You’ll recall the development of adult intelligence tests from earlier in the semester I hope. Thus, the WISC III offered a FSIQ as a the education of children with mental retardation preschool age of g, a Verbal and a Performance IQ for those used to the WISC R, and four new factors.
These were the Verbal Comprehension Index, Perceptual Organization Index, Freedom from Distractibility Index, and Processing Speed Index. Of note, while the Psychological Corporation believed the factor structure supported these four factors, Sattler had some doubts. The WISC IV is an update of the WISC III, and contains 10 core subtests, and 5 additional subtests, that can be summed to four indexes, and one Full Scale IQ. The FSIQ can range from 40 at the lowest to 160 at the highest.
Three subtests can be given in modified forms to allow for additional examination of processing abilities. The test takes between 65 and 80 minutes to administer to most children, with more time required if the additional subtests are given or if the client is more intelligence, and less time required for clients suffering from Mental Retardation. It can be given to children as young as 6,0 and as old as 16,11. The test overlaps with the Wechsler Preschool and Primary Scale of Intelligence — Third Edition for children between the ages of 6,0 and 7,3. While research has not been collected to determine the effect of practice on re-examination, research based on the WISC III indicated that one year was needed between administrations to avoid significant practice effects. Over the WISC IV test-retest period of 32 days, the VCI gained 2-3 points, PRI gained 3-6 points, WMI gained 1-5 points, and PSI gained 5-11 points.
As a result, the FSIQ was 6 points higher overall, ranging from 4-8 depending on the age range. While I do not recall guidelines for this in the previous version of the test, the WISC IV manual now specifies that if testing must be broken up into two sessions, they should be no more than one week apart. Use the first date of testing to compute the child’s age. Pages 9-18 discuss special considerations to take into account when testing for neuropsychological purposes and for testing children with special needs. Pages 22-24 discuss the importance of rapport in testing children.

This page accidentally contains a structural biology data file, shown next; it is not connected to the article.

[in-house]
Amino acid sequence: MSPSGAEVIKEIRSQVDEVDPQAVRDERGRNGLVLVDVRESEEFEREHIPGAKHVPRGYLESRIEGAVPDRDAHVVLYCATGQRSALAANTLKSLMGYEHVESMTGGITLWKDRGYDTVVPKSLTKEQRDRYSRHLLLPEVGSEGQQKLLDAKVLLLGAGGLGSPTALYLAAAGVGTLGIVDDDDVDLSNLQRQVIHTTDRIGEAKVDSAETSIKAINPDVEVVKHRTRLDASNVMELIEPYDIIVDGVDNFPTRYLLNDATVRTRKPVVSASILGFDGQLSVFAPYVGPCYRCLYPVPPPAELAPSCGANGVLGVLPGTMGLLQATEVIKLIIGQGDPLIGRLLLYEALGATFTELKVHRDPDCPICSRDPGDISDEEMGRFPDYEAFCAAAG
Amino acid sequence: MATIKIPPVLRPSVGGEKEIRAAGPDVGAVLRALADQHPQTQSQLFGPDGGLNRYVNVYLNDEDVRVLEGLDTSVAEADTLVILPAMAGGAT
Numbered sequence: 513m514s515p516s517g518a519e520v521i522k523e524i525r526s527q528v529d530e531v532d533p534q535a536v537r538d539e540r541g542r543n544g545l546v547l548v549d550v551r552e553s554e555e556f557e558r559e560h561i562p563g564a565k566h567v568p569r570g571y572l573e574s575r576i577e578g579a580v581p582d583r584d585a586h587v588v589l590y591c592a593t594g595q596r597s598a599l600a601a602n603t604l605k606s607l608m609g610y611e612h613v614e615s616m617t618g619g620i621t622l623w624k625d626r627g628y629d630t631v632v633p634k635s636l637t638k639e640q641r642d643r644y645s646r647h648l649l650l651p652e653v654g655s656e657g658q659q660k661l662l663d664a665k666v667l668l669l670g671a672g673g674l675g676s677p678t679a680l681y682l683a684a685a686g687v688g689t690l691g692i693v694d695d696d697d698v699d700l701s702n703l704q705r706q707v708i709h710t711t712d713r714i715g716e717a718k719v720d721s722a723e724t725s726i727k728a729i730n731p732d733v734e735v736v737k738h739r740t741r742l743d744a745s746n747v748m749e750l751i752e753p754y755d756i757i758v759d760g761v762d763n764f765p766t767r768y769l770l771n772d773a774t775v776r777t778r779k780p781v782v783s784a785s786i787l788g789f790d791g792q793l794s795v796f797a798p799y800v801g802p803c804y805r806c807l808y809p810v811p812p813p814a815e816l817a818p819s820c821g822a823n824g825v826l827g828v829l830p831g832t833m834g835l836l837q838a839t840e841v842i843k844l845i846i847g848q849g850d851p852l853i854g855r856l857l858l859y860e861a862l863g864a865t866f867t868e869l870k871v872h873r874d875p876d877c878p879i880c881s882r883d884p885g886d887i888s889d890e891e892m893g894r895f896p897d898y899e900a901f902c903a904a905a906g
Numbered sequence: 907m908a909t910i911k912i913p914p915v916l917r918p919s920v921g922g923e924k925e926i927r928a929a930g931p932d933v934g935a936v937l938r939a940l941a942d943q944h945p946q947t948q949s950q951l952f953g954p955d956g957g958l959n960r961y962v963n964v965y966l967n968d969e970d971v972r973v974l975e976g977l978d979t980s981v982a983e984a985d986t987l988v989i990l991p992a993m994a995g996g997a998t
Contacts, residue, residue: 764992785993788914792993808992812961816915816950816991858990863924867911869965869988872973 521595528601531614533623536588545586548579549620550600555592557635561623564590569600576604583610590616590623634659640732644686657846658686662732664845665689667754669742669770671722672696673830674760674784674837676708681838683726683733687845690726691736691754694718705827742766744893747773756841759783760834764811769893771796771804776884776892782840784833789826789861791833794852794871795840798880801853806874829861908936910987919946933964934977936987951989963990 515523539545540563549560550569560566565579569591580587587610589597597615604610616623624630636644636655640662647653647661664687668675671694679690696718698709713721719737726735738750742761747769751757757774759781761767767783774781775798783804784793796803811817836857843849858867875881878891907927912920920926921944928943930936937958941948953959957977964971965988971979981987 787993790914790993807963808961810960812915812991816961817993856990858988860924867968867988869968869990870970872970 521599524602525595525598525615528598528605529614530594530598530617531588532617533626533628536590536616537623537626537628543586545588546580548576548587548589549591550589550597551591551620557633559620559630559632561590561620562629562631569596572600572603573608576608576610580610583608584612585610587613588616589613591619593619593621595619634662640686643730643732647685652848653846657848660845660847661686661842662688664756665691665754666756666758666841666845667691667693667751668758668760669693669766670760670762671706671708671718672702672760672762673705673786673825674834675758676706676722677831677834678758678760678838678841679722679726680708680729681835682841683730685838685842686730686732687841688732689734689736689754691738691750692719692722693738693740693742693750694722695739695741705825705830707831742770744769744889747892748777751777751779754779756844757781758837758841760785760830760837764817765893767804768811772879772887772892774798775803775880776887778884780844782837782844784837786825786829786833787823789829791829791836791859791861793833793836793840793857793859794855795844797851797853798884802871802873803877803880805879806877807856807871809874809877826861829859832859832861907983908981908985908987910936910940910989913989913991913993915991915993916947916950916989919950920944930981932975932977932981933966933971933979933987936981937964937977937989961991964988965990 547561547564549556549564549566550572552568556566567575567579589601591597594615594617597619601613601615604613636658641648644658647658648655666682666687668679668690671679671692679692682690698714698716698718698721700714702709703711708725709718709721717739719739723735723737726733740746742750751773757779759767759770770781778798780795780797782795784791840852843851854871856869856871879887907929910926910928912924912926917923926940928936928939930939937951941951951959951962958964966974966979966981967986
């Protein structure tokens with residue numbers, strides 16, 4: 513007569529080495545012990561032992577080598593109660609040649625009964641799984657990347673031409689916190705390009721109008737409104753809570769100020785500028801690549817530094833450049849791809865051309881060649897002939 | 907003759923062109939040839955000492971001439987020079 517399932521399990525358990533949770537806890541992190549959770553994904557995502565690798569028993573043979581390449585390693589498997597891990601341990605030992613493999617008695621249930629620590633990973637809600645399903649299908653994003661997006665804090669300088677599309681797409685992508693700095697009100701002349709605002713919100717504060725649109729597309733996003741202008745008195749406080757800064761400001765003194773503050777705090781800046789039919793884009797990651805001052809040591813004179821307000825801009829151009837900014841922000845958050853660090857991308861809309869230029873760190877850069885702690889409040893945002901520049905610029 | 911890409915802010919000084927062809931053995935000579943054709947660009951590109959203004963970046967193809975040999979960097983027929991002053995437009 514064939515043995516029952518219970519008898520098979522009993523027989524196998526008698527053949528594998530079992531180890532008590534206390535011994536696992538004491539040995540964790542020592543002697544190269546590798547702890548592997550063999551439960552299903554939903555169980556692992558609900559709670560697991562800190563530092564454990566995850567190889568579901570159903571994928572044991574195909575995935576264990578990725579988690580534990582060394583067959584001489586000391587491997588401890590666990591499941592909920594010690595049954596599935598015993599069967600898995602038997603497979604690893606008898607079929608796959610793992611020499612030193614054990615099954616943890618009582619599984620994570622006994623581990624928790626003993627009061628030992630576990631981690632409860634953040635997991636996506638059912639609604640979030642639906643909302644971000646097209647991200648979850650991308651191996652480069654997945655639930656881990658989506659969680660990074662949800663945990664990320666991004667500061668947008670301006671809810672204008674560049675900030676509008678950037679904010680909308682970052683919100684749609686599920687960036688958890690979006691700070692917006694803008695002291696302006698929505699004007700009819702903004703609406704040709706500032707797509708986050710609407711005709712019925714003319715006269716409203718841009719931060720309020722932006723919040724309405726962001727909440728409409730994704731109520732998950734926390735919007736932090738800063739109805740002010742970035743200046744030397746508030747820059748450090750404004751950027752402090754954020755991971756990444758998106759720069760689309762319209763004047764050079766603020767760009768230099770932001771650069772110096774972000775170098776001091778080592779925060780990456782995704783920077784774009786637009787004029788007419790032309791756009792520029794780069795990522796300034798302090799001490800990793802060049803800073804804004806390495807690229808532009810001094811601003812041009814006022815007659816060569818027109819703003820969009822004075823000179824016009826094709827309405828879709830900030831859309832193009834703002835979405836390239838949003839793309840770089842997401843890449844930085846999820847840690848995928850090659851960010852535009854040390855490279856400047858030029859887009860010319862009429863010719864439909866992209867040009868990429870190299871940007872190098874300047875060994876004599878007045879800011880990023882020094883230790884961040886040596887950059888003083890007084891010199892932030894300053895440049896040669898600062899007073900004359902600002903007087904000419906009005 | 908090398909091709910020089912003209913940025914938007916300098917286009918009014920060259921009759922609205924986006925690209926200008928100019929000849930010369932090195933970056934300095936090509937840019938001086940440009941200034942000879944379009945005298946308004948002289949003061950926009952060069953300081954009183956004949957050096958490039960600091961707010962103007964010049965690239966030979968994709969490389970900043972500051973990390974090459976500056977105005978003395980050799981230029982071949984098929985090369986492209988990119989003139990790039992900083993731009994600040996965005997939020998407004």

While I have not seen research examining this in the WISC IV, in the previous version of the test, research showed that the difference between good and poor rapport could mean a difference of 10 points in final IQ scores. Working Memory us better assessed through changes made to one test and the addition of a new subtest. While this used to be called Freedom From Distractibility, the name of the index has been changed to be more consistent with the adult version of the test and current research. Processing Speed is a cleaner factor, since the two main subtests are joined and a third new subtest is added. March 2000 US Census data very closely. There were 5 levels of parental education, and 4 geographical areas covering the whole United States and Hawaii.